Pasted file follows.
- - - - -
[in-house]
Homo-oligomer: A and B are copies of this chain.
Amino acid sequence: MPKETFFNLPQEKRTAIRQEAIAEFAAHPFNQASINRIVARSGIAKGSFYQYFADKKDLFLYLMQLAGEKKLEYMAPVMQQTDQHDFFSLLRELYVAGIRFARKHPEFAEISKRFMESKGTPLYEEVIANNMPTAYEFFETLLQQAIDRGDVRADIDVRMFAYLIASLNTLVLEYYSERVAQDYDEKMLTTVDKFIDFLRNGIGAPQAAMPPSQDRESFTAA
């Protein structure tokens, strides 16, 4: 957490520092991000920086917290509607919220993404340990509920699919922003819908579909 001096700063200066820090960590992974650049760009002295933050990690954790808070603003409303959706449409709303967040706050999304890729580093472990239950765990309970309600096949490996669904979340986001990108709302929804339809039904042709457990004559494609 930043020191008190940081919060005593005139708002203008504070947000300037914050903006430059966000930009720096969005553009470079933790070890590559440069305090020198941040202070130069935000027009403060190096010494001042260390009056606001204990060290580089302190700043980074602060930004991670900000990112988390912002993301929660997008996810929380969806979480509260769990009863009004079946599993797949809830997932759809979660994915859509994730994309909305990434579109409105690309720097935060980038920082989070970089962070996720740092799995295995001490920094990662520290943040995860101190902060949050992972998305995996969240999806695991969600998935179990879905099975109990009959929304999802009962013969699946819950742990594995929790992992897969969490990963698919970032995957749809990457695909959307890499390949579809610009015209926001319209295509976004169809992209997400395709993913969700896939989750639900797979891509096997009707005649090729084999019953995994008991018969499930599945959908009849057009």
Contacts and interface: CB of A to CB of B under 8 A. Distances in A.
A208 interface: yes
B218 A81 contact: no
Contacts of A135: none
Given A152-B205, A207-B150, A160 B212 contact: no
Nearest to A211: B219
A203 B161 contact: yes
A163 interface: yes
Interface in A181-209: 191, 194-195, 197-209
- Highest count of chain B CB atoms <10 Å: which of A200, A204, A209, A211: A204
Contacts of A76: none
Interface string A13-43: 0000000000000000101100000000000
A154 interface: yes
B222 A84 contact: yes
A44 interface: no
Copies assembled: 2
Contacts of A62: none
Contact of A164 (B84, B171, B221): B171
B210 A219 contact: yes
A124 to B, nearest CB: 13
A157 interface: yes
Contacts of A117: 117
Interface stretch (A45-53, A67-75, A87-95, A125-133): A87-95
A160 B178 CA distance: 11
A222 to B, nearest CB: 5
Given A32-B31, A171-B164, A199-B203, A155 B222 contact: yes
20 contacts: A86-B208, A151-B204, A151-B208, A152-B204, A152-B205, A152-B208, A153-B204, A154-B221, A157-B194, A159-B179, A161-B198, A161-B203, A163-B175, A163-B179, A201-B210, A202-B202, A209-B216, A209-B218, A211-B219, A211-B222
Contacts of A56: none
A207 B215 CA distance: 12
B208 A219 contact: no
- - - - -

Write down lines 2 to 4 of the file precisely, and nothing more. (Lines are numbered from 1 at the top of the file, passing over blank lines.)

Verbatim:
Homo-oligomer: A and B are copies of this chain.
Amino acid sequence: MPKETFFNLPQEKRTAIRQEAIAEFAAHPFNQASINRIVARSGIAKGSFYQYFADKKDLFLYLMQLAGEKKLEYMAPVMQQTDQHDFFSLLRELYVAGIRFARKHPEFAEISKRFMESKGTPLYEEVIANNMPTAYEFFETLLQQAIDRGDVRADIDVRMFAYLIASLNTLVLEYYSERVAQDYDEKMLTTVDKFIDFLRNGIGAPQAAMPPSQDRESFTAA
């Protein structure tokens, strides 16, 4: 957490520092991000920086917290509607919220993404340990509920699919922003819908579909 001096700063200066820090960590992974650049760009002295933050990690954790808070603003409303959706449409709303967040706050999304890729580093472990239950765990309970309600096949490996669904979340986001990108709302929804339809039904042709457990004559494609 930043020191008190940081919060005593005139708002203008504070947000300037914050903006430059966000930009720096969005553009470079933790070890590559440069305090020198941040202070130069935000027009403060190096010494001042260390009056606001204990060290580089302190700043980074602060930004991670900000990112988390912002993301929660997008996810929380969806979480509260769990009863009004079946599993797949809830997932759809979660994915859509994730994309909305990434579109409105690309720097935060980038920082989070970089962070996720740092799995295995001490920094990662520290943040995860101190902060949050992972998305995996969240999806695991969600998935179990879905099975109990009959929304999802009962013969699946819950742990594995929790992992897969969490990963698919970032995957749809990457695909959307890499390949579809610009015209926001319209295509976004169809992209997400395709993913969700896939989750639900797979891509096997009707005649090729084999019953995994008991018969499930599945959908009849057009």